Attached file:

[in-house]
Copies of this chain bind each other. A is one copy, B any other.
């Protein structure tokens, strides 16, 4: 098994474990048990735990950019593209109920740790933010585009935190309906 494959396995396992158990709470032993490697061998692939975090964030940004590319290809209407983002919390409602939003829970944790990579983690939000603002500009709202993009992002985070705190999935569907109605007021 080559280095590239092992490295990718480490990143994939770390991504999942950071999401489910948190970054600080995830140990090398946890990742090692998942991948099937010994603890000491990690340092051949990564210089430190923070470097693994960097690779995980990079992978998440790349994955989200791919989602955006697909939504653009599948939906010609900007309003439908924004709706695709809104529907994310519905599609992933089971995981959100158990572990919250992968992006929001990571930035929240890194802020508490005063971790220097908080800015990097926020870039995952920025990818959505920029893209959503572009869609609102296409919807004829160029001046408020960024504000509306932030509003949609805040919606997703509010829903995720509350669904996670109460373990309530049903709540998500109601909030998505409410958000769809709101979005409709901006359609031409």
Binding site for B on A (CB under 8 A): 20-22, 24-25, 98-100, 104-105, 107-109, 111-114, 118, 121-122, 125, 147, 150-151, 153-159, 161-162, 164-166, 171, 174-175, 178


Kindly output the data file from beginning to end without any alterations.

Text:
[in-house]
Copies of this chain bind each other. A is one copy, B any other.
């Protein structure tokens, strides 16, 4: 098994474990048990735990950019593209109920740790933010585009935190309906 494959396995396992158990709470032993490697061998692939975090964030940004590319290809209407983002919390409602939003829970944790990579983690939000603002500009709202993009992002985070705190999935569907109605007021 080559280095590239092992490295990718480490990143994939770390991504999942950071999401489910948190970054600080995830140990090398946890990742090692998942991948099937010994603890000491990690340092051949990564210089430190923070470097693994960097690779995980990079992978998440790349994955989200791919989602955006697909939504653009599948939906010609900007309003439908924004709706695709809104529907994310519905599609992933089971995981959100158990572990919250992968992006929001990571930035929240890194802020508490005063971790220097908080800015990097926020870039995952920025990818959505920029893209959503572009869609609102296409919807004829160029001046408020960024504000509306932030509003949609805040919606997703509010829903995720509350669904996670109460373990309530049903709540998500109601909030998505409410958000769809709101979005409709901006359609031409």
Binding site for B on A (CB under 8 A): 20-22, 24-25, 98-100, 104-105, 107-109, 111-114, 118, 121-122, 125, 147, 150-151, 153-159, 161-162, 164-166, 171, 174-175, 178